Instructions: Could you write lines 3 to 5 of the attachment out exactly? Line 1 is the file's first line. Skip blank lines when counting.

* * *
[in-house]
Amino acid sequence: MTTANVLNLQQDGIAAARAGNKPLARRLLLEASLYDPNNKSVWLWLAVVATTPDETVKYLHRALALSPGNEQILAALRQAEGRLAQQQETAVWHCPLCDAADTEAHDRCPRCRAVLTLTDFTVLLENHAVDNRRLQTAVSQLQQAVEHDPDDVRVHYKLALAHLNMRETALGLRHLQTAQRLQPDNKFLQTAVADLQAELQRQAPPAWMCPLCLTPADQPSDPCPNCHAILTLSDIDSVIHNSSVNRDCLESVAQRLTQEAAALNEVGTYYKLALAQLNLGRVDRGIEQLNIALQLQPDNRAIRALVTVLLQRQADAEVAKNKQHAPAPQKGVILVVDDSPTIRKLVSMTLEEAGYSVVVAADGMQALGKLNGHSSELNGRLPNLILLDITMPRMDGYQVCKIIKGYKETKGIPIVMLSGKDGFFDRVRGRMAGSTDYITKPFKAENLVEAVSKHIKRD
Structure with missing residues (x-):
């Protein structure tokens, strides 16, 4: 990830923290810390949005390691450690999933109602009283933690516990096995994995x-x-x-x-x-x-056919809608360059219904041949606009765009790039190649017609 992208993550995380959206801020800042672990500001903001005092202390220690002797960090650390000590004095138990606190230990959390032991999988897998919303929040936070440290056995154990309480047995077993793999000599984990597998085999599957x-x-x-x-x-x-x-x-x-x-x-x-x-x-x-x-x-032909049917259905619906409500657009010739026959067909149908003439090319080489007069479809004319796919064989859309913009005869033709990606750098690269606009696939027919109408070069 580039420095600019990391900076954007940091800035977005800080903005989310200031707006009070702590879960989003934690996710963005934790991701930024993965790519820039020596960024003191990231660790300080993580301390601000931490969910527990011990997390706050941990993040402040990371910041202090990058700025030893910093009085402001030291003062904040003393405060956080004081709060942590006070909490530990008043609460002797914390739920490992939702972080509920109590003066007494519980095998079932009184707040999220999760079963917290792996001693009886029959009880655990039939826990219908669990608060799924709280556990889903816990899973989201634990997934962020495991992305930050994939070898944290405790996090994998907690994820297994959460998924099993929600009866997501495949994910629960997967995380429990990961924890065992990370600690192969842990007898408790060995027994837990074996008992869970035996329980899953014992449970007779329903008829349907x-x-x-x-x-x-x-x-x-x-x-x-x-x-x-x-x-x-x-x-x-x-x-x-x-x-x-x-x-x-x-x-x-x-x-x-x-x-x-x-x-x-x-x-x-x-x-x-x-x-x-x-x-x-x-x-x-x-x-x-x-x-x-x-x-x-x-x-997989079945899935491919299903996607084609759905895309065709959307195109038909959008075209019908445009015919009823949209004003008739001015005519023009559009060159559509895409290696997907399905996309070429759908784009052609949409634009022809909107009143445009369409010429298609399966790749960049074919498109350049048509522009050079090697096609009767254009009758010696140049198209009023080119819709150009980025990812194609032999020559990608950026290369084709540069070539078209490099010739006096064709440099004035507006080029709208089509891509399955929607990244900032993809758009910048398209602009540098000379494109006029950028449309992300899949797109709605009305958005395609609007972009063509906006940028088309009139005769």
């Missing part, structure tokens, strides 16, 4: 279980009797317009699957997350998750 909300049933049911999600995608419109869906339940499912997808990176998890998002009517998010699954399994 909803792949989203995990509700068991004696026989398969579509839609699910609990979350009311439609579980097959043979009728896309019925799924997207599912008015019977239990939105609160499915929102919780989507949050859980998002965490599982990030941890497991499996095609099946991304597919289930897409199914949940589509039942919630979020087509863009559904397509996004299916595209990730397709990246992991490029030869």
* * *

Structure with missing residues (x-):
């Protein structure tokens, strides 16, 4: 990830923290810390949005390691450690999933109602009283933690516990096995994995x-x-x-x-x-x-056919809608360059219904041949606009765009790039190649017609 992208993550995380959206801020800042672990500001903001005092202390220690002797960090650390000590004095138990606190230990959390032991999988897998919303929040936070440290056995154990309480047995077993793999000599984990597998085999599957x-x-x-x-x-x-x-x-x-x-x-x-x-x-x-x-x-032909049917259905619906409500657009010739026959067909149908003439090319080489007069479809004319796919064989859309913009005869033709990606750098690269606009696939027919109408070069 580039420095600019990391900076954007940091800035977005800080903005989310200031707006009070702590879960989003934690996710963005934790991701930024993965790519820039020596960024003191990231660790300080993580301390601000931490969910527990011990997390706050941990993040402040990371910041202090990058700025030893910093009085402001030291003062904040003393405060956080004081709060942590006070909490530990008043609460002797914390739920490992939702972080509920109590003066007494519980095998079932009184707040999220999760079963917290792996001693009886029959009880655990039939826990219908669990608060799924709280556990889903816990899973989201634990997934962020495991992305930050994939070898944290405790996090994998907690994820297994959460998924099993929600009866997501495949994910629960997967995380429990990961924890065992990370600690192969842990007898408790060995027994837990074996008992869970035996329980899953014992449970007779329903008829349907x-x-x-x-x-x-x-x-x-x-x-x-x-x-x-x-x-x-x-x-x-x-x-x-x-x-x-x-x-x-x-x-x-x-x-x-x-x-x-x-x-x-x-x-x-x-x-x-x-x-x-x-x-x-x-x-x-x-x-x-x-x-x-x-x-x-x-x-997989079945899935491919299903996607084609759905895309065709959307195109038909959008075209019908445009015919009823949209004003008739001015005519023009559009060159559509895409290696997907399905996309070429759908784009052609949409634009022809909107009143445009369409010429298609399966790749960049074919498109350049048509522009050079090697096609009767254009009758010696140049198209009023080119819709150009980025990812194609032999020559990608950026290369084709540069070539078209490099010739006096064709440099004035507006080029709208089509891509399955929607990244900032993809758009910048398209602009540098000379494109006029950028449309992300899949797109709605009305958005395609609007972009063509906006940028088309009139005769």
């Missing part, structure tokens, strides 16, 4: 279980009797317009699957997350998750 909300049933049911999600995608419109869906339940499912997808990176998890998002009517998010699954399994 909803792949989203995990509700068991004696026989398969579509839609699910609990979350009311439609579980097959043979009728896309019925799924997207599912008015019977239990939105609160499915929102919780989507949050859980998002965490599982990030941890497991499996095609099946991304597919289930897409199914949940589509039942919630979020087509863009559904397509996004299916595209990730397709990246992991490029030869």